Ellyn Fortino Friday January 15th, 2016, 2:57pm
State Reps. Tom Demmer (R-Dixon), Will Guzzardi (D-Chicago) and other young legislators in the Illinois House are spearheading a new bipartisan caucus focused on addressing issues important to millennials.
Demmer and Guzzardi are co-chairs of the Illinois Future Caucus, which launched Friday and so far includes 11 House members from both sides of the aisle.
"Despite having some differences about our values and how we think that things ought to go forward, we also have profound commonality," Guzzardi said of the new caucus. "We understand that the problems facing the next generation of Illinoisans are not being addressed by the previous generation of legislators."
The caucus, expected to hold its first official meeting in early February, plans to work on issues involving technology, innovation, higher education, criminal justice reform and other areas. More specifically, Demmer said he expects the caucus to find common ground on policies related to the sharing economy, facilitated by smartphones and the Internet.
"Part of the point of this caucus is that there is an opportunity" to "look for areas where you might cross over and might not have traditional partisan labels attached" to them, Demmer said. "A lot of the issues are not traditionally partisan when it comes to millennials."
Other caucus members include state Reps. Avery Bourne (R-Raymond), Jehan Gordon-Booth (D-Peoria), Sonya Harper (D-Chicago), Christian Mitchell (D-Chicago), Silvana Tabares (D-Chicago), Art Turner (D-Chicago), Litesa Wallace (D-Rockford), Sara Wojcicki Jimenez (R-Springfield) and Mike Zalewski (D-Riverside).
Creation of the caucus comes amid the ongoing state budget impasse, now in its seventh month. Republican Gov. Bruce Rauner and Democratic legislative leaders remain at odds over a spending plan for the 2016 fiscal year, which started July 1.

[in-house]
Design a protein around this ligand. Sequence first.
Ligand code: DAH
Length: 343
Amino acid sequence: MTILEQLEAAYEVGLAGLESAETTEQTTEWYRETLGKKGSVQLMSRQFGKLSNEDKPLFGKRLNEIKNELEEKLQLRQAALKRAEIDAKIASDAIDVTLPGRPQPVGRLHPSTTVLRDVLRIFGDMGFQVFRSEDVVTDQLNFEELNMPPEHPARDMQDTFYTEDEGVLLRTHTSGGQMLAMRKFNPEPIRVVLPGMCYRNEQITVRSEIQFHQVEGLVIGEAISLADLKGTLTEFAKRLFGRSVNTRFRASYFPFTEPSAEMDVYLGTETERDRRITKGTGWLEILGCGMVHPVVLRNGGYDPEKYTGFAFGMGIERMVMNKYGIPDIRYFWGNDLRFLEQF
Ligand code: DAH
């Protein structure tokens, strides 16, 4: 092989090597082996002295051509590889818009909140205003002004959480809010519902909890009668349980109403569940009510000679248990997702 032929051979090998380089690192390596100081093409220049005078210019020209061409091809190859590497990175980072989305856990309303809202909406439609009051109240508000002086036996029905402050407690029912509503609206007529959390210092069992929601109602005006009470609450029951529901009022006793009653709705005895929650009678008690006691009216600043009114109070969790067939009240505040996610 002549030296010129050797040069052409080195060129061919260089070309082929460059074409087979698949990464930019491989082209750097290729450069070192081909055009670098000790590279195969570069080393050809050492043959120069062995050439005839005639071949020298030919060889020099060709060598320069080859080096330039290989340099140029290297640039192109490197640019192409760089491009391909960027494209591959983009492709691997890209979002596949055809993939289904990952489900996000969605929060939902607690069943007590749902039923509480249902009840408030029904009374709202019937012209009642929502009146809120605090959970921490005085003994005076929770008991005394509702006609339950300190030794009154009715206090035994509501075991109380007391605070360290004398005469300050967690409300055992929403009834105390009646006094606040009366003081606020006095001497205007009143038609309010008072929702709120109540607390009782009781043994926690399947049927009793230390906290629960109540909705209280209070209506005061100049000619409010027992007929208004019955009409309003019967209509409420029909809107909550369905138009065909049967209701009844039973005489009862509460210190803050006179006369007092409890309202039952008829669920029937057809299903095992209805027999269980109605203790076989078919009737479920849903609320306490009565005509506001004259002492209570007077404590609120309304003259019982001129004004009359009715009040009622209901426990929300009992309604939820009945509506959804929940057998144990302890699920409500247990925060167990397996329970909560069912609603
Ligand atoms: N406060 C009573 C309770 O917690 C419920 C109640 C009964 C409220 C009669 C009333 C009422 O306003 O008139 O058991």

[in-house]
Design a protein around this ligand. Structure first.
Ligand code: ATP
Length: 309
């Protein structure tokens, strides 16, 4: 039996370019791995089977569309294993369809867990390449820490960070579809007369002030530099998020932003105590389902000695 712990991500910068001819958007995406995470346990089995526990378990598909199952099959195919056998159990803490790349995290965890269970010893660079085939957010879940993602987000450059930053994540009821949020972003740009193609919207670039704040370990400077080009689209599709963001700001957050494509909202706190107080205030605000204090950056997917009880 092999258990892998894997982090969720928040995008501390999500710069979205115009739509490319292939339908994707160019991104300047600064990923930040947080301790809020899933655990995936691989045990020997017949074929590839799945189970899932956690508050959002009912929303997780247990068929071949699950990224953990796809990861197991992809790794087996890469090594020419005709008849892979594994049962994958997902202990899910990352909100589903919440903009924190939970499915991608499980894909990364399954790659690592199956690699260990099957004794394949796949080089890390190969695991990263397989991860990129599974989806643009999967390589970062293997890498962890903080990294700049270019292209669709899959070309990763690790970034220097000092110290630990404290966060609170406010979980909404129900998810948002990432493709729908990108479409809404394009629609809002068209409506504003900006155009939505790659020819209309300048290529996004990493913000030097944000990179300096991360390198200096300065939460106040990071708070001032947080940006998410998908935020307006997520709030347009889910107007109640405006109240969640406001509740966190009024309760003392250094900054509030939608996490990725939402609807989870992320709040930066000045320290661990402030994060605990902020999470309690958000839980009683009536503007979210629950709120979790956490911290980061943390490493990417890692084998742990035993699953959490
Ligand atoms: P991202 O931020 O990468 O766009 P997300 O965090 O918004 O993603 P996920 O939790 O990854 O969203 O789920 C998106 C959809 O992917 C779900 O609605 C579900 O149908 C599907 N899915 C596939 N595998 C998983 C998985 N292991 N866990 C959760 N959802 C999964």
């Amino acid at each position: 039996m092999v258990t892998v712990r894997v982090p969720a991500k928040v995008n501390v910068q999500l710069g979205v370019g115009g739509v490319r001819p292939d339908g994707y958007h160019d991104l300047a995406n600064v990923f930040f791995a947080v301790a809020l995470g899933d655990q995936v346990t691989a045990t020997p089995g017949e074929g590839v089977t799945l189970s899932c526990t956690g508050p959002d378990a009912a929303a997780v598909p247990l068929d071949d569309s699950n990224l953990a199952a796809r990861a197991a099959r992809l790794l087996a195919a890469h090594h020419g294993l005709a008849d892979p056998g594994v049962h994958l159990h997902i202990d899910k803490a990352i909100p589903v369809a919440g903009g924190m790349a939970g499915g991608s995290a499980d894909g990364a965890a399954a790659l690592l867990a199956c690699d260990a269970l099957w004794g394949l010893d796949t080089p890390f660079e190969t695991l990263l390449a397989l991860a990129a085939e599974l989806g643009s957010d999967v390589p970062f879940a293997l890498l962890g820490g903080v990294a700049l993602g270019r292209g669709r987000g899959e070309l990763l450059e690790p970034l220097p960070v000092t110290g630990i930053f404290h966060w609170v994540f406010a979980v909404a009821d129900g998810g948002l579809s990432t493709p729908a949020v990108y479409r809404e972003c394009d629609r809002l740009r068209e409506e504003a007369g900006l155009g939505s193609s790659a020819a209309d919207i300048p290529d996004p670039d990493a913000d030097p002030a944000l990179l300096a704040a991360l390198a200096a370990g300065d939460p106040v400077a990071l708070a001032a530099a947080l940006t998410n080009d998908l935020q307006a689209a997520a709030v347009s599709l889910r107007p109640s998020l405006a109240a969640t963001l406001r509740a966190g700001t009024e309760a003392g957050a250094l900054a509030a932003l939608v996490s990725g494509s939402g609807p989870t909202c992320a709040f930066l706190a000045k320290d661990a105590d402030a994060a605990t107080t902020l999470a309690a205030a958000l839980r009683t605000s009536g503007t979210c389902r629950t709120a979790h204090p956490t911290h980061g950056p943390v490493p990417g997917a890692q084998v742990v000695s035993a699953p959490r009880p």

At the center of the impasse is Rauner's pro-business, anti-union "turnaround agenda" that he wants approved as part of the budgeting process. Democrats oppose Rauner's anti-union proposals, which, they say, should not be tied to passage of a budget.
Given the partisan political atmosphere in Springfield, now is a good time to form the new caucus, according to Guzzardi.
"As a new and up-and-coming generation of legislators in this state, we have a responsibility to transcend the partisanship that has caused such hardship in this state and to build solutions to the challenges that are coming down the road for Illinois," he said.
The lawmakers were optimistic about what the caucus can accomplish, despite the budget standoff.
"Even in the throes of these very difficult issues that our state is facing, I really believe that there is room for compromise and legislative achievement that is meaningful and addresses issues that are important to the people of the state," Guzzardi said. "I think we have an opportunity to get that done."
The Illinois Future Caucus plans to work with similar groups of young lawmakers in Congress and 11 other states.
The caucus has the support of the Millennial Action Project (MAP), a national, nonpartisan organization working to mobilize "millennial policymakers to create post-partisan political cooperation," according to its website.
MAP's co-founder and president Steven Olikara joined Demmer and Guzzardi Friday morning in announcing the creation of the Illinois Future Caucus.
Illinois, Olikara said, is home to more than 3.5 million millennials, representing over 25 percent of the state's population.
"It's extremely important that this generation has an organized and unified voice in the state Capitol," he said. "This is not about political uniformity. This is about political cooperation. This is about building relationships across party line. It's about building a culture where we can have constructive and quality debate, and I am so inspired by the leadership that we're seeing here."